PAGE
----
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About ricky1972

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  1. You can use your browser translator to read in english ou language you want.
  2. In total, there were 87 days of fighting (July 9 to October 4, 1932 – with the last two days after the surrender of São Paulo), with a balance of 934 official deaths, though non-official estimates report up to 2,200 dead, and many cities in the state of São Paulo suffered damage due to fighting. Visit my website www.tudoporsaopaulo.com.br to gain acess of my 2 years research, full of pictures and period objects. Cheers, Ricardo
  3. :jumping: :jumping: :jumping: OMG!!!! HUMAITÁ IN SILVER w/ CROWN, AOS MAIS BRAVOS and RIACHUELO in silver!!! FANTASTIC!!!!! Thanks for posting!!!
  4. Nope. Can you send some link to me? Here´s the beautiful "Ordem da Rosa" offered to a VOLUNTÁRIO DA PATRIA during the war, and a higher grade exemplar...
  5. Hello Ulsterman, I´ll search for a extra ribbon for you...I´ll let you know... Thanks Lambert for the nice links!! ;)
  6. Hello azyeoman and Ulsterman, Thanks for kind replies. I´m negotiating some of the Paraguayan medals, and maybe will get a couple in near future Now some allied medals applied to brazilian troops... Argentina campaign medal, silver. Corrientes battle
  7. Hello Ulsterman, I´m glad that you enjoyed the post!! Before I show more medals, here´s two items I´m sure you´ll like A PII combat sword (Dom Pedro II) from war period... ...and a official volunteer shoulder insignia, made in CASA DA MOEDA, Rio de Janeiro.
  8. Passage of Humaitá Medal "On August 1, 1867 the Argentine general Bartolomé Mitre commanded the Brazilian imperial fleet to secure a passage through Curupaiti and Humaitá. On August 15, two divisions of five battleships passed without incident at Curupaiti, but artillery fire forced them to stop at Humaitá. This news caused conflict in the Allied high command. The Brazilian commanders determined that attacking the fortress from the river would be futile, and withdrew their fleet pending a land-based attack which began on August 18. From Tuiu-Cuê the allies headed north and took the villages of São Solano, Vila do Pilar and Tayi, and finally laid siege to Humaitá itself, isolating it from Asunción. In February 1868 Commander Joaquim José Inácio de Barros again ordered the fleet to cross the river by Humaitá, which was done on the 19th. There were few casualties and minimal damage to any of the ships. This was done four more times until the fortress fell on July 25 of that year. (Wikipedia)"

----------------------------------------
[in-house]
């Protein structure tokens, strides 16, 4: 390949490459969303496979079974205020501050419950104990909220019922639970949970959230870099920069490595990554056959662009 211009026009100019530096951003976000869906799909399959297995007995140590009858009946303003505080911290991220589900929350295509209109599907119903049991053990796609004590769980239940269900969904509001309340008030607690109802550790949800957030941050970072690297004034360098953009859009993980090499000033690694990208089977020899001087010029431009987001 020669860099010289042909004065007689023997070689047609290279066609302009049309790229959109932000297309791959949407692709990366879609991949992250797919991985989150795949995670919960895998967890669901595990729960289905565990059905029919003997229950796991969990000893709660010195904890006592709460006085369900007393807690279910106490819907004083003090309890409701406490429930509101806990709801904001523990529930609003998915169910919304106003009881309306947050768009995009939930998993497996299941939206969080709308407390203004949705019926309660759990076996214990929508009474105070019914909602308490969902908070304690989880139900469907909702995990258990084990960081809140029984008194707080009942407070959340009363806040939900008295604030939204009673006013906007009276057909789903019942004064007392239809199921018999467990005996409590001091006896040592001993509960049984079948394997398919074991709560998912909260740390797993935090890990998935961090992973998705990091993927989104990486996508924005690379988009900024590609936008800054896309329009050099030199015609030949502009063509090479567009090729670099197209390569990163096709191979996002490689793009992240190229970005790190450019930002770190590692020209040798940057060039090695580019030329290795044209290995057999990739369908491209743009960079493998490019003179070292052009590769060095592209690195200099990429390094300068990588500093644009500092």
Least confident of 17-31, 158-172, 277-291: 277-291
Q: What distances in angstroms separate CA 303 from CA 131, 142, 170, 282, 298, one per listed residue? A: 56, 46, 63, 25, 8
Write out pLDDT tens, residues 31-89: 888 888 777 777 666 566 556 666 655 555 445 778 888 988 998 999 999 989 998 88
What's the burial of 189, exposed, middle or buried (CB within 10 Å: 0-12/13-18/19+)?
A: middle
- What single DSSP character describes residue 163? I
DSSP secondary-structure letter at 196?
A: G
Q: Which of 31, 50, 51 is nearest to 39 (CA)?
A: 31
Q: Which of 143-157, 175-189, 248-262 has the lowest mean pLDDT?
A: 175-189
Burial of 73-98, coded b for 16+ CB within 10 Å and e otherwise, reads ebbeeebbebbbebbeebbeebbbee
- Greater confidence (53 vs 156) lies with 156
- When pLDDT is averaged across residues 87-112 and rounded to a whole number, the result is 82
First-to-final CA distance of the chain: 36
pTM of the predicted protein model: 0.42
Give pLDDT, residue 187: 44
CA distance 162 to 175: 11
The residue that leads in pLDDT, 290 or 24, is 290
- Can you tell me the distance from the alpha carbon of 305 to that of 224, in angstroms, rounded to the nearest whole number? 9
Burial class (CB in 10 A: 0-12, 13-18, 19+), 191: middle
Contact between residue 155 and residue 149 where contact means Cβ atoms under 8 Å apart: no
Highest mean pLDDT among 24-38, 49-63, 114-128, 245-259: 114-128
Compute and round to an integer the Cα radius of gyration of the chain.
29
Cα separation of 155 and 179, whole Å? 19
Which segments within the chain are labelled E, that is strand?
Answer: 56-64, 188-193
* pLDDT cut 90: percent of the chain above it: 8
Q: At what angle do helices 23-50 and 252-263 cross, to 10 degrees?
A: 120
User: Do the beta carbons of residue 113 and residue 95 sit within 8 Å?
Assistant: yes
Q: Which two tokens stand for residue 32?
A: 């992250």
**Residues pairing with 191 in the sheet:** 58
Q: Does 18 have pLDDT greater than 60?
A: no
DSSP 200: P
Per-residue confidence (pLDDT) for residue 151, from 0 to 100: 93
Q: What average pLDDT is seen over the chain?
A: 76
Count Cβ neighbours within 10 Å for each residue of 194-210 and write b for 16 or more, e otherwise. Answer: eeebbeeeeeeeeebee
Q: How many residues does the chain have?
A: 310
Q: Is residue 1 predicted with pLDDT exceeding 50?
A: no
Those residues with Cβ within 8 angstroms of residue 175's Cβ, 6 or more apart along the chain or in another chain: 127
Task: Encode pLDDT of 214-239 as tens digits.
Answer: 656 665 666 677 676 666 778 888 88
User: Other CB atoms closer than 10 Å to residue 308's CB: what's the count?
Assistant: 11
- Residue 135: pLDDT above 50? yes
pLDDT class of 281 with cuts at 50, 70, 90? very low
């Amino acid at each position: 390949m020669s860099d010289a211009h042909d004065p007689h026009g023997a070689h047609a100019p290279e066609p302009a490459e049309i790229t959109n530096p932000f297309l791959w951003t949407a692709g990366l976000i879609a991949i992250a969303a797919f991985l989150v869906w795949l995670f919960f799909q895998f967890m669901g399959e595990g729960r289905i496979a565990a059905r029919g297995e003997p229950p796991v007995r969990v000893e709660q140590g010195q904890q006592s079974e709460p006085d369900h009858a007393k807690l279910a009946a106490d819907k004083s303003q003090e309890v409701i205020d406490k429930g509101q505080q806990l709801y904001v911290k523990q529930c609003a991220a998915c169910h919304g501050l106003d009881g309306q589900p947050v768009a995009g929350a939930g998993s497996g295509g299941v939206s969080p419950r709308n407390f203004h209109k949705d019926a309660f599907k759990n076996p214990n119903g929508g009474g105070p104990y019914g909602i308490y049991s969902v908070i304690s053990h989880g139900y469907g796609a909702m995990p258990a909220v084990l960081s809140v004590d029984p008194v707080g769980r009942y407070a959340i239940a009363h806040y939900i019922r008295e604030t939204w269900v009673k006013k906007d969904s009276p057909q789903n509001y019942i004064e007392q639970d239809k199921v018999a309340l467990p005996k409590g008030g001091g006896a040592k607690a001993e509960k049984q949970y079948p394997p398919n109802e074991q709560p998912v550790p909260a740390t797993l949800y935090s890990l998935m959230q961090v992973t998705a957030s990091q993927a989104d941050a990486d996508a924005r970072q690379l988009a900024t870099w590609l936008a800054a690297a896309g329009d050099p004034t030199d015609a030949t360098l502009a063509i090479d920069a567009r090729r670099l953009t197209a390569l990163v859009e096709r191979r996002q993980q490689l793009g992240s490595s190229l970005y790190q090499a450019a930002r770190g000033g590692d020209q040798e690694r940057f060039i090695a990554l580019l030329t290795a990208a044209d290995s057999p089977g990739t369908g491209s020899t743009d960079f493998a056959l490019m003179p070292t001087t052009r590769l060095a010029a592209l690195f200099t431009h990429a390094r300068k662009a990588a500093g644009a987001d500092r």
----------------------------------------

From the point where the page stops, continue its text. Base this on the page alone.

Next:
9. Thanks for all your kind replies! This is the kind of collection you can´t plan. The opportunity to get a new medal may appear only once...but when it happens it´s a celebration day Let´s see some more medals... Forte de Coimbra Medal, a 1775 fortification located on Mato Grosso - scenario of a huge battle during the war when paraguayans invaded that region. Matto Grosso Medal - This is the "bloodiest" medal of the period. " Brazil sent an expedition to fight the invaders in Mato Grosso. A column of 2,780 men led by Colonel Manuel Pedro Drago left Uberaba in Minas Gerais in April 1865, and arrived at Coxim in December after a difficult march of more than two thousand kilometers through four provinces. But Paraguay had abandoned Coxim by December. Drago arrived at Miranda in September 1866 – and Paraguay had left once again. In January 1867, Colonel Carlos de Morais Camisão assumed command of the column, now with only 1,680 men, and decided to invade Paraguayan territory, where he penetrated as far as Laguna. The expedition was forced to retreat by the Paraguayan cavalry. Despite the efforts of Colonel Camisão's troops and the resistance in the region, which succeeded in liberating Corumbá in June 1867, Mato Grosso remained under the control of the Paraguayans. They finally withdrew in April 1868, moving their troops to the main theatre of operations, in the south of Paraguay. (Wikipedia)"
  10. www.tudoporsaopaulo.com.br - 1932 Brazil Constitutionalist Revolution

  11. War Merit Medal, with 6 de DEZEMBRO (Itororó Battle) Bar. Another exemplar:
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